Feral opuntioid cacti in Australia
Feral opuntioid cacti in Australia

Part I. Cylindrical-stemmed genera: Austrocylindropuntia, Cylindropuntia and Corynopuntia [Journal of the Adelaide Botanic Gardens Supplement 3 (2015)]

by R.J. Chinnock


Published in 2015 by The State Herbarium of South Australia, full colour, 69 pages


Price $A29.00 includes postage [for a single copy] within Australia, overseas postage please request a quote


ISBN 9781922027436


  • Description
  • About the author
Part I

Part 1 of Bob Chinnock’s revision of weedy cacti in Australia.

A field identification section provides an easy means to identify the plants and a taxonomic section contains detailed descriptions and notes on every species. There are introductory chapters on opuntioid morphology, how to collect and prepare pressed specimens, dispersal and biological/chemical control. A glossary completes the book.

This book is an essential reference tool for land owners and managers, staff of government agencies, conservation groups, people involved in bushcare, and anyone concerned with identifying and eradicating weedy cacti. It will also be a valuable addition to libraries of ecologists and botanists, and people interested in cacti and succulents.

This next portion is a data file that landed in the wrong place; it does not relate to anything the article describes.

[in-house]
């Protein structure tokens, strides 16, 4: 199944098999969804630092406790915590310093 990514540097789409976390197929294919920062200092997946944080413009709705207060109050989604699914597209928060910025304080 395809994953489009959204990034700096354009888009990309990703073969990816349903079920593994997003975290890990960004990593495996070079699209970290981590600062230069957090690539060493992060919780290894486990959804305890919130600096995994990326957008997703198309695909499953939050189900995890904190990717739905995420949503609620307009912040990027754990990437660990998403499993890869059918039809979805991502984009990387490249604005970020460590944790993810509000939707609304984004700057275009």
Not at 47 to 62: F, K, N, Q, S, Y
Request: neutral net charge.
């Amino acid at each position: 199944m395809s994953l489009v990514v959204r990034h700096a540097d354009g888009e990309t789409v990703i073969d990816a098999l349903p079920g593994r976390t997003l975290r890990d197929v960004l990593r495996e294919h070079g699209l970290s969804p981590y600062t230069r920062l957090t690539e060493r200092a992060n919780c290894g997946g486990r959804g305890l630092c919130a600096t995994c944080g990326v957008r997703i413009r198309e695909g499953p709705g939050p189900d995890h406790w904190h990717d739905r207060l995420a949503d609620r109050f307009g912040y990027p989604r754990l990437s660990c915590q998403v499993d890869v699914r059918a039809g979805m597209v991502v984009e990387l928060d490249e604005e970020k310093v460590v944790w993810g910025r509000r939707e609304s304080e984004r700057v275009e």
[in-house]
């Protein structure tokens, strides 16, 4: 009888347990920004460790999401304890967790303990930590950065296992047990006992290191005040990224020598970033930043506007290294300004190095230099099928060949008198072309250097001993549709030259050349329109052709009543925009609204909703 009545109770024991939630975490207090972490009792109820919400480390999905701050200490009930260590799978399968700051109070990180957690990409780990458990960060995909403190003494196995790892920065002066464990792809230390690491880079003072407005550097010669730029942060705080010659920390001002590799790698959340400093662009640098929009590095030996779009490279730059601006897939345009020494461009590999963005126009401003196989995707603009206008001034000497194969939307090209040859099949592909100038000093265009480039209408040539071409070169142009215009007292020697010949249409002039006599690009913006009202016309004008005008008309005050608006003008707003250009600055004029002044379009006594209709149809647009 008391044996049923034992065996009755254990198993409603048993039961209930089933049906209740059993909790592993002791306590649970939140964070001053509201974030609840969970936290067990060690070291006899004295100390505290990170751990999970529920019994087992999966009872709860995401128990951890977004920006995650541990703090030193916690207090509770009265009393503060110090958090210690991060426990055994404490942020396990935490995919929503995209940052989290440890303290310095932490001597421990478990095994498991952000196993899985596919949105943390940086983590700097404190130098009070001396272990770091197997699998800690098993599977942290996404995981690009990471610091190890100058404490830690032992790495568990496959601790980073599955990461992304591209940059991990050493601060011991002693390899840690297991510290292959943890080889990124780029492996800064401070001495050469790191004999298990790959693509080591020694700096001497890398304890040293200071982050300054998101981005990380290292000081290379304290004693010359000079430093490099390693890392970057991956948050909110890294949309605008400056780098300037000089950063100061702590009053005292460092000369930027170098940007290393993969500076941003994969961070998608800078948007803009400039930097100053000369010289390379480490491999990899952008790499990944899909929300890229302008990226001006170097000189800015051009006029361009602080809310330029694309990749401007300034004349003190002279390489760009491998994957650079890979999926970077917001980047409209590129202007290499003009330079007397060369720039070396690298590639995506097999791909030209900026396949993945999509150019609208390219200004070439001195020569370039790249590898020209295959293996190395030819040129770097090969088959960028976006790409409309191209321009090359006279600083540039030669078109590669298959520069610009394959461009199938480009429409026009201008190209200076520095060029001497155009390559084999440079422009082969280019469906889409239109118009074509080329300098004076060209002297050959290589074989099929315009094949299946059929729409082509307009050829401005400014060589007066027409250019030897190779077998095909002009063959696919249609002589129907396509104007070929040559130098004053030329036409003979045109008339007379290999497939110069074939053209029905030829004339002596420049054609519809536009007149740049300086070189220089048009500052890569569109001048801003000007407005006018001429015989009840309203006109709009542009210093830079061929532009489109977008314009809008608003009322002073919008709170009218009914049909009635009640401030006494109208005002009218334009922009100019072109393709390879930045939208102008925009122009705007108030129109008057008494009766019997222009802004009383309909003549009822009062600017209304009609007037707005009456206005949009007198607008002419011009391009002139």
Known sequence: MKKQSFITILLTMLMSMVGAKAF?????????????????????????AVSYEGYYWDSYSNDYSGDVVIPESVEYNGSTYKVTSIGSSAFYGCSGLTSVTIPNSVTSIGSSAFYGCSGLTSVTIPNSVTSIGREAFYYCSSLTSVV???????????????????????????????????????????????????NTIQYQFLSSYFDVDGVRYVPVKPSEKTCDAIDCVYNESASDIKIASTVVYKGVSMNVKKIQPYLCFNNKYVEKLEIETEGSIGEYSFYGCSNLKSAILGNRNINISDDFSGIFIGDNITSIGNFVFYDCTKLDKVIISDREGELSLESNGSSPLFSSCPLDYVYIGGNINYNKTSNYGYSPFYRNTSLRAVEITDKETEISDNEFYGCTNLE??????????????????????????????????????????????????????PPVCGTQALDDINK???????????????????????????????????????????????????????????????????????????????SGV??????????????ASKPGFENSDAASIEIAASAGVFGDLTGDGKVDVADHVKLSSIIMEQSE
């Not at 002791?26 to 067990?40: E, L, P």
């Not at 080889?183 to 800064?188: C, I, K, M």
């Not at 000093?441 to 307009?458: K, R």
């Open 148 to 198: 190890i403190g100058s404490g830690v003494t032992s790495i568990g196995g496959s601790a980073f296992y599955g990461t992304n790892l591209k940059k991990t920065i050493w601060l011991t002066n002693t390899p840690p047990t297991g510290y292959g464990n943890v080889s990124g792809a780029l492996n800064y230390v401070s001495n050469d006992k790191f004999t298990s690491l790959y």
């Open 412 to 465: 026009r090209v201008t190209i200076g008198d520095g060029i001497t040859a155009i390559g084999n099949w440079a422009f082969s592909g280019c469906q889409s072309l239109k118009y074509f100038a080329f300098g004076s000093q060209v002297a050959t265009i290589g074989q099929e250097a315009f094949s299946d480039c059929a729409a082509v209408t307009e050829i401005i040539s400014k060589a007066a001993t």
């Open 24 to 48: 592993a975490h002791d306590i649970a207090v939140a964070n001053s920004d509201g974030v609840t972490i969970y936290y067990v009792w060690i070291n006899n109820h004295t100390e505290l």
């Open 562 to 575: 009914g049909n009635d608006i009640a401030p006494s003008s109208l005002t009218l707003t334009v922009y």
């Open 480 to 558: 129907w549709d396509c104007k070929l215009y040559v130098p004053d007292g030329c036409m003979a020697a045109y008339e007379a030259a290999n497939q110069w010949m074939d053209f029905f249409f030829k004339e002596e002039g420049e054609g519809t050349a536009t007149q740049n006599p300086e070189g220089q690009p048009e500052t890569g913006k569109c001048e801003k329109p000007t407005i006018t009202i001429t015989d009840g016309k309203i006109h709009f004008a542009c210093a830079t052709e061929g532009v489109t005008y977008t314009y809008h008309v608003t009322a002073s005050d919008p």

Part II, containing the flat stemmed genus Opuntia (incl. Nopalea), is currently in preparation.

About the author

Dr R.J. Chinnock (Bob) retired from the State Herbarium in December 2008 as a senior botanist and is now an Honorary Research Associate.

His research interests include: Eremophila and allied genera, their relationships to the environment (e.g. ecology, fire response, reproduction, pollinators, horticulture); the weedy Cactaceae; the classification of the Opuntiod genera in Australia in particular, their biology, dispersal methods and their control; and the ferns and lycopods of Australasia including their taxonomy and biology.

Bob is continuing his research whilst in retirement and is happy to be contacted through the State Herbarium. His research expertise is biodiversity discovery; species and populations; and ecological processes.